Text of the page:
Israeli town’s elections cause uproar in Parliament

Parties in governing coalition accuse each other of promoting voter fraud, arm-twisting

Miki Haimovich (left) and Osnat Mark (right) (photo credit: KNESSET)
Miki Haimovich (left) and Osnat Mark (right)
(photo credit: KNESSET)
In a controversy reminiscent of the recent US presidential election, Israel’s parliament came close to crisis this week over the proposed use in a town council contest of mobile voting booths for coronavirus patients – something one party says would be a recipe for fraud.
Tel Mond, a quiet central town of slightly more than 13,000, is scheduled to hold municipal council elections on Tuesday.
The parliament’s Internal Affairs and Environment Committee was considering an amendment on Monday to authorize the use of portable polling stations for voters who are ill with COVID-19 and cannot leave their homes. This will be the first time any Israeli voters go to the polls since the pandemic’s outbreak in early March.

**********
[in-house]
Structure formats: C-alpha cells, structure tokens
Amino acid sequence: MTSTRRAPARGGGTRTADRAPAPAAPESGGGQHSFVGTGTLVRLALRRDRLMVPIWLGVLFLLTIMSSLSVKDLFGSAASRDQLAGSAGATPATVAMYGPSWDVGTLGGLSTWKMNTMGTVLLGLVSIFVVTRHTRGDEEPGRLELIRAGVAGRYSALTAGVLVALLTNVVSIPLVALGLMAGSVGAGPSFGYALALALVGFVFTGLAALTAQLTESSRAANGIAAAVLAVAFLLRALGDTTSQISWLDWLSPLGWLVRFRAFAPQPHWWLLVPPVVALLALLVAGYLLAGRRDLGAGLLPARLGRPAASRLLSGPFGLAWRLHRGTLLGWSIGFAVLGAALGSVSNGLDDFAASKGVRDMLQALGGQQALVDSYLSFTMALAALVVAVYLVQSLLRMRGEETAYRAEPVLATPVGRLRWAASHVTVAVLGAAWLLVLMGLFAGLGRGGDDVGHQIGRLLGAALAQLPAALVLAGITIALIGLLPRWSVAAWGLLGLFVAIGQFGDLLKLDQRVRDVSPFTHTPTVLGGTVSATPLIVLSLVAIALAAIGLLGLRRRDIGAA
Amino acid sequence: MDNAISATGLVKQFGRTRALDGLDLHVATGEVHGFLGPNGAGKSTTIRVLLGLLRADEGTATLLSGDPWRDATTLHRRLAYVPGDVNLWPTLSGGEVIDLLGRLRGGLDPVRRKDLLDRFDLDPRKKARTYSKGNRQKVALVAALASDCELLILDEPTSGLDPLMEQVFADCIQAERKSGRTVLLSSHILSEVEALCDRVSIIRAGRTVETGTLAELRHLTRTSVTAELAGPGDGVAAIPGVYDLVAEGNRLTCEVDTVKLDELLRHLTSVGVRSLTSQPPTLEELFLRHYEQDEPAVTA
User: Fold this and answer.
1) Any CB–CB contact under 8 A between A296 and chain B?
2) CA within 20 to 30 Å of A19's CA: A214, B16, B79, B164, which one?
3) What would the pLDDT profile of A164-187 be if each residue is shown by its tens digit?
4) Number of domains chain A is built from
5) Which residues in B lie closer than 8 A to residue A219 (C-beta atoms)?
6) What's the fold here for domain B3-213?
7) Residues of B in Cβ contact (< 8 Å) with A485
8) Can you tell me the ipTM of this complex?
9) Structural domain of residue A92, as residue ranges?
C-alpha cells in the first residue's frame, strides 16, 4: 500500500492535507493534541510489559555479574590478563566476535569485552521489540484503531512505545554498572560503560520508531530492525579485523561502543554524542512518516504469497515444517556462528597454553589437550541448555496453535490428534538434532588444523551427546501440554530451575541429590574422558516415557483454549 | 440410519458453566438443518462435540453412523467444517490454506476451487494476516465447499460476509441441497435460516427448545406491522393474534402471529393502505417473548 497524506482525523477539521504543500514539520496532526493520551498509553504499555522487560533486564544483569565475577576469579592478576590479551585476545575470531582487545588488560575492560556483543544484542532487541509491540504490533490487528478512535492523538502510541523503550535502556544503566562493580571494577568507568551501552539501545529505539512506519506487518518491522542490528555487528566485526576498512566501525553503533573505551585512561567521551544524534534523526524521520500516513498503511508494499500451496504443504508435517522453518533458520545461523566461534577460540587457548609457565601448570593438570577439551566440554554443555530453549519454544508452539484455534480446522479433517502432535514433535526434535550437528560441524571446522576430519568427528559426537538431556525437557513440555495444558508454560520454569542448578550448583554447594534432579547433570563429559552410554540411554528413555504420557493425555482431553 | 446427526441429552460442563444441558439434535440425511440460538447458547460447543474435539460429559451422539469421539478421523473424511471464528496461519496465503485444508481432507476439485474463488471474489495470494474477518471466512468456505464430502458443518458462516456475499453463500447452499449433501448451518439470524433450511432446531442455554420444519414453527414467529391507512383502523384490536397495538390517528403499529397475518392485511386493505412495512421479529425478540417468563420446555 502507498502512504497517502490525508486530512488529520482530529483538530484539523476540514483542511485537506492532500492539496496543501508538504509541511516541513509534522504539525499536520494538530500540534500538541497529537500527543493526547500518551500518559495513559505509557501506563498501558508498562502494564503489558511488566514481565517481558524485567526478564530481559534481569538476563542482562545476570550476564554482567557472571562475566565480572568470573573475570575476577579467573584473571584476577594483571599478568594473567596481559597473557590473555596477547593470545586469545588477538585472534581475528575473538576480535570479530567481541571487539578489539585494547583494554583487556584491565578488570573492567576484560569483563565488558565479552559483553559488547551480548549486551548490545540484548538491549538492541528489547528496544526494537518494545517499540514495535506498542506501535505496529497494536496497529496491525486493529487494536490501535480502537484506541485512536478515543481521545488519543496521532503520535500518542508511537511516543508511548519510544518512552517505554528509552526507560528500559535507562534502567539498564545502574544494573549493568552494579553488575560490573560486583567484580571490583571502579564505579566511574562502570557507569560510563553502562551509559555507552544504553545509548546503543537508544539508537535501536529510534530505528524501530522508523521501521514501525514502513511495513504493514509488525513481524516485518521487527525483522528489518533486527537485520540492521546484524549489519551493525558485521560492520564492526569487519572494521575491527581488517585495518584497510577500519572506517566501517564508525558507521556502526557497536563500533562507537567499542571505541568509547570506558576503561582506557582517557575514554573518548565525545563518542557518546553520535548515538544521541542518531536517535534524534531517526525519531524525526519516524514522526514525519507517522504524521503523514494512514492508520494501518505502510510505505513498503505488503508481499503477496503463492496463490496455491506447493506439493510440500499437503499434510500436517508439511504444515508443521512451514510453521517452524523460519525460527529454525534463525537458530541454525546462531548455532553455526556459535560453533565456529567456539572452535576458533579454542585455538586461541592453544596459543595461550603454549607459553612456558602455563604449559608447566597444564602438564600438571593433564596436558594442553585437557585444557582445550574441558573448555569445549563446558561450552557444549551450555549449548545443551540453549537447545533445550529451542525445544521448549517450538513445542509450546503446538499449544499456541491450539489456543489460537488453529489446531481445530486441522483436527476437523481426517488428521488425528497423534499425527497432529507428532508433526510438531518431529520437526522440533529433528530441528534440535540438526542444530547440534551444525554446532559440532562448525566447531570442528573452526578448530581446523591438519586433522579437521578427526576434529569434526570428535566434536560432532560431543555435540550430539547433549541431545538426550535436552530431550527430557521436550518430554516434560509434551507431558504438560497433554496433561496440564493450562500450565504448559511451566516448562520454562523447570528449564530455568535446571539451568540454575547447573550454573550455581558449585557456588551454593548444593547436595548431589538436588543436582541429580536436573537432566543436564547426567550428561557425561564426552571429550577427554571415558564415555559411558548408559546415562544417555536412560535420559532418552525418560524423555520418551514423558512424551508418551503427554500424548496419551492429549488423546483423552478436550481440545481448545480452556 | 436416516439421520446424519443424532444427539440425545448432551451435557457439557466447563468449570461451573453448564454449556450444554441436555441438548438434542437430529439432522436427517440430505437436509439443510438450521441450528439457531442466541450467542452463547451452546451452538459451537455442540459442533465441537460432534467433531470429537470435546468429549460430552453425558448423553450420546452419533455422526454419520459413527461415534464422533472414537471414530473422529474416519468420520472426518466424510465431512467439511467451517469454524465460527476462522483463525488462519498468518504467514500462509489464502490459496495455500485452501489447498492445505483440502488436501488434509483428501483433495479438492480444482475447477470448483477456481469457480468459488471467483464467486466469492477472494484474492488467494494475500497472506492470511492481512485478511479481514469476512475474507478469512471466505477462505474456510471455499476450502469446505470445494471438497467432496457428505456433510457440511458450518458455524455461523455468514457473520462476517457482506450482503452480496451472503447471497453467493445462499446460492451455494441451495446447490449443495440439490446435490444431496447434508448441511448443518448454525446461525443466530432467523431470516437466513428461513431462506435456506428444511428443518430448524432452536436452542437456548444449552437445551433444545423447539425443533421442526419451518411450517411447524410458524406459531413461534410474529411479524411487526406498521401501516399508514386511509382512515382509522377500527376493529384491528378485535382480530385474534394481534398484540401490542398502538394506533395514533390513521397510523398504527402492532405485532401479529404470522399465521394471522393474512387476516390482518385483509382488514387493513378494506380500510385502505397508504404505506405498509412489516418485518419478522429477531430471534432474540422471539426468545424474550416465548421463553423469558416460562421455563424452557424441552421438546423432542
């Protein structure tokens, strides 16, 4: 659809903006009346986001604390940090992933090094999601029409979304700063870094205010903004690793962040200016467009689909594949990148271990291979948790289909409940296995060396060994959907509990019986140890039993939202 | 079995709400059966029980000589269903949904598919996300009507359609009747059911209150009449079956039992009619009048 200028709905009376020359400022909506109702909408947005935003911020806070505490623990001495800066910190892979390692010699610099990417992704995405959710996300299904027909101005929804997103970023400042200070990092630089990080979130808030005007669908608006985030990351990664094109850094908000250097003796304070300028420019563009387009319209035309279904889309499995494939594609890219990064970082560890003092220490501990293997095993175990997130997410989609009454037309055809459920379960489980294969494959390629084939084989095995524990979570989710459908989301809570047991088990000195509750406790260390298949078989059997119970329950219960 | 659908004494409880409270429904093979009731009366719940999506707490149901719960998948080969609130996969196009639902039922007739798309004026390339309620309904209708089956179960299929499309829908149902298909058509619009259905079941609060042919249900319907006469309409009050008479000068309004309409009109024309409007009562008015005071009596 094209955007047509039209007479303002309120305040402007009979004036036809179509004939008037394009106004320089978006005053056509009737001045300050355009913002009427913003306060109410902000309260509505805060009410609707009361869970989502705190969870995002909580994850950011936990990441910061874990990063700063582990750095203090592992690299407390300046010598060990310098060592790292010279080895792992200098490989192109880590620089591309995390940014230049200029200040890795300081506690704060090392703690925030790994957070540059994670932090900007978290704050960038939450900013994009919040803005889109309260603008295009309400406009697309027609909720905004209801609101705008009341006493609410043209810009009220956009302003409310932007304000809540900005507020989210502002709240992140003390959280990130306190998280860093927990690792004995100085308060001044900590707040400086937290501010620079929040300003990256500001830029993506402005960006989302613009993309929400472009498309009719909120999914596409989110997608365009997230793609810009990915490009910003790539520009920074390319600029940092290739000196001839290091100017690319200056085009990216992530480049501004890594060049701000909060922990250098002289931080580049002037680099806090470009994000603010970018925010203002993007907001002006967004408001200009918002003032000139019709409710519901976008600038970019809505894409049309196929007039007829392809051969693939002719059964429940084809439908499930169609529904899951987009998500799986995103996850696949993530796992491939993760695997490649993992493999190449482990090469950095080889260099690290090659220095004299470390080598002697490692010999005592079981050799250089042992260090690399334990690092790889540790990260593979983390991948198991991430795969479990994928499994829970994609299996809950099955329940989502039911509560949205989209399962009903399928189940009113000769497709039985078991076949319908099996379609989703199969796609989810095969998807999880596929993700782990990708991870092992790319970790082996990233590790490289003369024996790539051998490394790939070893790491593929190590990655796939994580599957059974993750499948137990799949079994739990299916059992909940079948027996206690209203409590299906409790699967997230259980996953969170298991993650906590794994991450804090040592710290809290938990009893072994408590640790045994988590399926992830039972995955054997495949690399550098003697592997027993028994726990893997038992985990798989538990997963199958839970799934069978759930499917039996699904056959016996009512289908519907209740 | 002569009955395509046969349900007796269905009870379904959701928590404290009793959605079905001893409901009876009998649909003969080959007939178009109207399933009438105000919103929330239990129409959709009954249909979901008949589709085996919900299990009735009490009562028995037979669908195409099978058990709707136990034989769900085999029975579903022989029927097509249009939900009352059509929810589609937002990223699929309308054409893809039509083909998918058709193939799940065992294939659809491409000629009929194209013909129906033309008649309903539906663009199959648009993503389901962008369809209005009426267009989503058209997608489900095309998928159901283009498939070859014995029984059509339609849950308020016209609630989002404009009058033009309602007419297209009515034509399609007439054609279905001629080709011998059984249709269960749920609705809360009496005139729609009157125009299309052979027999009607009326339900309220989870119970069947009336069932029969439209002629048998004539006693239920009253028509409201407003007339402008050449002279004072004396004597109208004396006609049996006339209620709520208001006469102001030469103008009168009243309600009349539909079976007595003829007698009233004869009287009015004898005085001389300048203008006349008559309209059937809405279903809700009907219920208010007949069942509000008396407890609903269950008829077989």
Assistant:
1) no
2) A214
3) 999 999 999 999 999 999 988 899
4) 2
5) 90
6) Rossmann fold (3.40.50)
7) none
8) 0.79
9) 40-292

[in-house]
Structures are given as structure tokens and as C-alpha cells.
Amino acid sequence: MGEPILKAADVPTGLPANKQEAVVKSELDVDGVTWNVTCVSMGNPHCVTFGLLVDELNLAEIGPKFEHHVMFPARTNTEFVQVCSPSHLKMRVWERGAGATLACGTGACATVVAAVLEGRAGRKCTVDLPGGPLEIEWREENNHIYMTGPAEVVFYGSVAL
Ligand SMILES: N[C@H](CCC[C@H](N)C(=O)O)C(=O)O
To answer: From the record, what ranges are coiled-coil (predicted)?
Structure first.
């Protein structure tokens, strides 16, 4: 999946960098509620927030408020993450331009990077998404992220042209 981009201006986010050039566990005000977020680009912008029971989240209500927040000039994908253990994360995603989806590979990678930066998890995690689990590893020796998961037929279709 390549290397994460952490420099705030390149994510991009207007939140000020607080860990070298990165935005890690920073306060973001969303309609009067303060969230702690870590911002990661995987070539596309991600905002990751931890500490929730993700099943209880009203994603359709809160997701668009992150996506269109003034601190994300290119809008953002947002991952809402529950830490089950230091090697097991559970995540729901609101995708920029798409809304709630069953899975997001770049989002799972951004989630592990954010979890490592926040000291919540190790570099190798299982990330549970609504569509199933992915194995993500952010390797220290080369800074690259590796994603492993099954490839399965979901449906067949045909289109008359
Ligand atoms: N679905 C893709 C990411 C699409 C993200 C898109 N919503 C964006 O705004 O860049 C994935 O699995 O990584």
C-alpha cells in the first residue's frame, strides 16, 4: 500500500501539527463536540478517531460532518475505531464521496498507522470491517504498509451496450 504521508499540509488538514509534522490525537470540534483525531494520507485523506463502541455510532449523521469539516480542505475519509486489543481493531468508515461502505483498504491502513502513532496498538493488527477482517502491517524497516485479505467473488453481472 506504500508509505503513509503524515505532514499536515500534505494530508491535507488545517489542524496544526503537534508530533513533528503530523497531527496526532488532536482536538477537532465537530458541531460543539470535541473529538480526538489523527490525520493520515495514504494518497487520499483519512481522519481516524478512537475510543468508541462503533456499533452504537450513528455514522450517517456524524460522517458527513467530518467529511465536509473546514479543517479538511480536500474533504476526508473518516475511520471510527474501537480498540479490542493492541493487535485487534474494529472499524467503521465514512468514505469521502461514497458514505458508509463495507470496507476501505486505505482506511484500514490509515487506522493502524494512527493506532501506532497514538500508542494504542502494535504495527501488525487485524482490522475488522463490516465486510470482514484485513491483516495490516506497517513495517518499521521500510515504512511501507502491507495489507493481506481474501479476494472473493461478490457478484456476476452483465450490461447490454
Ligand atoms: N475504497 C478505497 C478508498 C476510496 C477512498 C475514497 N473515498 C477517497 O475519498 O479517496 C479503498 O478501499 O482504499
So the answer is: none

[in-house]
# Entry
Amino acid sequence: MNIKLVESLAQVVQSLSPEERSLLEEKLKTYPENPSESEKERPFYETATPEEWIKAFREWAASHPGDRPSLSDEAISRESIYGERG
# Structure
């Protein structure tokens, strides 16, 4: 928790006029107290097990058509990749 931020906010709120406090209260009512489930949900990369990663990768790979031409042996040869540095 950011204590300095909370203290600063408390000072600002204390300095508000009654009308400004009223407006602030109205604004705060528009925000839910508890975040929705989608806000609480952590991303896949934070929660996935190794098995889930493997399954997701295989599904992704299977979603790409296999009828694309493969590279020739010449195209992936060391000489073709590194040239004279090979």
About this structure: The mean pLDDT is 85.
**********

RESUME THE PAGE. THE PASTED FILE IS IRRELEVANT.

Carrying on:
Yet what was expected to be a rather ho-hum committee session soon turned into an all-out brawl on a move that could set a precedent for national elections.
Members of the right-wing Likud party protested what they said was an attempted coup by committee chairwoman Miki Haimovich, a lawmaker from the centrist Blue and White party. The parties have bickered frequently and dominate a governing coalition that may be heading for a divorce.
The Likud members said Blue and White was trying to set a dangerous precedent that would enable them to steal future national elections.
Many in parliament say that another round of general elections, the fourth in two years, is imminent. With the two parties constantly at each other’s throats and Prime Minister Benjamin Netanyahu, of the Likud, and Alternate Prime Minister Benny Gantz, of Blue and White, unable to agree on just about anything, elections are more a question of “when” than “if.”
“This is an attempted coup! Who do you think you are? You’re trying to steal the elections!” Likud MP Osnat Mark screamed at Haimovich during Monday’s committee session.
“I strongly resent these insinuations and accusations, trying to attribute any dishonest intentions to me and my friends,” Haimovich said before ejecting Mark from the room.